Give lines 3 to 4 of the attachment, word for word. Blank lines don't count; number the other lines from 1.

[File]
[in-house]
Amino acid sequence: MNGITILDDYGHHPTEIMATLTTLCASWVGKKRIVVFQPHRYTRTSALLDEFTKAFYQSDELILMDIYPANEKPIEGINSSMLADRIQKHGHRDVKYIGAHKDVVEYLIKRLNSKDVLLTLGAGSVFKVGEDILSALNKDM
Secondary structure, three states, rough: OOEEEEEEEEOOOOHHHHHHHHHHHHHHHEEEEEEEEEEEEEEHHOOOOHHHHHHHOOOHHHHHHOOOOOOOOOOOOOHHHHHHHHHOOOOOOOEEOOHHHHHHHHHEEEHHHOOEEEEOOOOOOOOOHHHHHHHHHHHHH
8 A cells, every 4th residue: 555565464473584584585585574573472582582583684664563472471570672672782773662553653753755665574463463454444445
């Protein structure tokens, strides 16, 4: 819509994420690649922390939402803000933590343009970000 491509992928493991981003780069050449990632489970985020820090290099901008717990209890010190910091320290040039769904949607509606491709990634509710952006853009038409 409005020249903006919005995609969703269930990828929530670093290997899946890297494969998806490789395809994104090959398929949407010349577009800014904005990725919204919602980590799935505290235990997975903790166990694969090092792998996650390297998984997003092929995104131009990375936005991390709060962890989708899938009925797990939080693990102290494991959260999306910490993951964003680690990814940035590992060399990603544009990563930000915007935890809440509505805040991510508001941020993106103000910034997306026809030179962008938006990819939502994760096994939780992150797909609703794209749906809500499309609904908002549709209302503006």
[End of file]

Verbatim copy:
Secondary structure, three states, rough: OOEEEEEEEEOOOOHHHHHHHHHHHHHHHEEEEEEEEEEEEEEHHOOOOHHHHHHHOOOHHHHHHOOOOOOOOOOOOOHHHHHHHHHOOOOOOOEEOOHHHHHHHHHEEEHHHOOEEEEOOOOOOOOOHHHHHHHHHHHHH
8 A cells, every 4th residue: 555565464473584584585585574573472582582583684664563472471570672672782773662553653753755665574463463454444445